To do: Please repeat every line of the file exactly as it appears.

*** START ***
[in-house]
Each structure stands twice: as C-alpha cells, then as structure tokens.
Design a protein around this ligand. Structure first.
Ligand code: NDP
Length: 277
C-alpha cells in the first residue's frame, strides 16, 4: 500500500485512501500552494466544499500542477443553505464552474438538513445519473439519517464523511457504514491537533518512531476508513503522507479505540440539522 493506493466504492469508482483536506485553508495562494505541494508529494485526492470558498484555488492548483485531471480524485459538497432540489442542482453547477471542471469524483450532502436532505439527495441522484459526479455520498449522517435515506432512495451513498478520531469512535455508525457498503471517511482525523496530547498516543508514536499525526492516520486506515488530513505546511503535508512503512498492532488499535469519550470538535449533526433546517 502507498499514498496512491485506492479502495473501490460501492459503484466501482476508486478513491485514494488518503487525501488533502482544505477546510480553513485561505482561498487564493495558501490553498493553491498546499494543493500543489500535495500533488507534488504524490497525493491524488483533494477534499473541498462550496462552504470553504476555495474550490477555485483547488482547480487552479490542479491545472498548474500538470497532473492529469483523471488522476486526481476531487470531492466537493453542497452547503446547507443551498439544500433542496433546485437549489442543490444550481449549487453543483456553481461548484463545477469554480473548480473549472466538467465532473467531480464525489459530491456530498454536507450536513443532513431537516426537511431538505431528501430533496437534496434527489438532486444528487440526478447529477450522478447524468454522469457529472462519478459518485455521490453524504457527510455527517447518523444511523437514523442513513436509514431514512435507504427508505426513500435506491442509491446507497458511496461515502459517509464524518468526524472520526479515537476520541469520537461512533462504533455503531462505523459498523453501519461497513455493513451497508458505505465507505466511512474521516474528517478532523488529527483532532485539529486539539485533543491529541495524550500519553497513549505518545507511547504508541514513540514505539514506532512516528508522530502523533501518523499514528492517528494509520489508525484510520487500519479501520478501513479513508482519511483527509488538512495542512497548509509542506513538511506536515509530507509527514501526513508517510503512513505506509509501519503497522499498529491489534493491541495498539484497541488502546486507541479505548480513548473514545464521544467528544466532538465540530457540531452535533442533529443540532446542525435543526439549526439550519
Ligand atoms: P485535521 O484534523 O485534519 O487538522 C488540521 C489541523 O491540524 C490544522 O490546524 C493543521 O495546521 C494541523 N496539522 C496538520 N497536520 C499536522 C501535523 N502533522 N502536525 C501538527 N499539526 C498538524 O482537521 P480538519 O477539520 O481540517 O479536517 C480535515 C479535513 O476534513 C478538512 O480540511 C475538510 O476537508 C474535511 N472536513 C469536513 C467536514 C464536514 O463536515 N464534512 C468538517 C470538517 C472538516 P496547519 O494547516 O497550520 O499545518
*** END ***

[in-house]
Each structure stands twice: as C-alpha cells, then as structure tokens.
Design a protein around this ligand. Structure first.
Ligand code: NDP
Length: 277
C-alpha cells in the first residue's frame, strides 16, 4: 500500500485512501500552494466544499500542477443553505464552474438538513445519473439519517464523511457504514491537533518512531476508513503522507479505540440539522 493506493466504492469508482483536506485553508495562494505541494508529494485526492470558498484555488492548483485531471480524485459538497432540489442542482453547477471542471469524483450532502436532505439527495441522484459526479455520498449522517435515506432512495451513498478520531469512535455508525457498503471517511482525523496530547498516543508514536499525526492516520486506515488530513505546511503535508512503512498492532488499535469519550470538535449533526433546517 502507498499514498496512491485506492479502495473501490460501492459503484466501482476508486478513491485514494488518503487525501488533502482544505477546510480553513485561505482561498487564493495558501490553498493553491498546499494543493500543489500535495500533488507534488504524490497525493491524488483533494477534499473541498462550496462552504470553504476555495474550490477555485483547488482547480487552479490542479491545472498548474500538470497532473492529469483523471488522476486526481476531487470531492466537493453542497452547503446547507443551498439544500433542496433546485437549489442543490444550481449549487453543483456553481461548484463545477469554480473548480473549472466538467465532473467531480464525489459530491456530498454536507450536513443532513431537516426537511431538505431528501430533496437534496434527489438532486444528487440526478447529477450522478447524468454522469457529472462519478459518485455521490453524504457527510455527517447518523444511523437514523442513513436509514431514512435507504427508505426513500435506491442509491446507497458511496461515502459517509464524518468526524472520526479515537476520541469520537461512533462504533455503531462505523459498523453501519461497513455493513451497508458505505465507505466511512474521516474528517478532523488529527483532532485539529486539539485533543491529541495524550500519553497513549505518545507511547504508541514513540514505539514506532512516528508522530502523533501518523499514528492517528494509520489508525484510520487500519479501520478501513479513508482519511483527509488538512495542512497548509509542506513538511506536515509530507509527514501526513508517510503512513505506509509501519503497522499498529491489534493491541495498539484497541488502546486507541479505548480513548473514545464521544467528544466532538465540530457540531452535533442533529443540532446542525435543526439549526439550519
Ligand atoms: P485535521 O484534523 O485534519 O487538522 C488540521 C489541523 O491540524 C490544522 O490546524 C493543521 O495546521 C494541523 N496539522 C496538520 N497536520 C499536522 C501535523 N502533522 N502536525 C501538527 N499539526 C498538524 O482537521 P480538519 O477539520 O481540517 O479536517 C480535515 C479535513 O476534513 C478538512 O480540511 C475538510 O476537508 C474535511 N472536513 C469536513 C467536514 C464536514 O463536515 N464534512 C468538517 C470538517 C472538516 P496547519 O494547516 O497550520 O499545518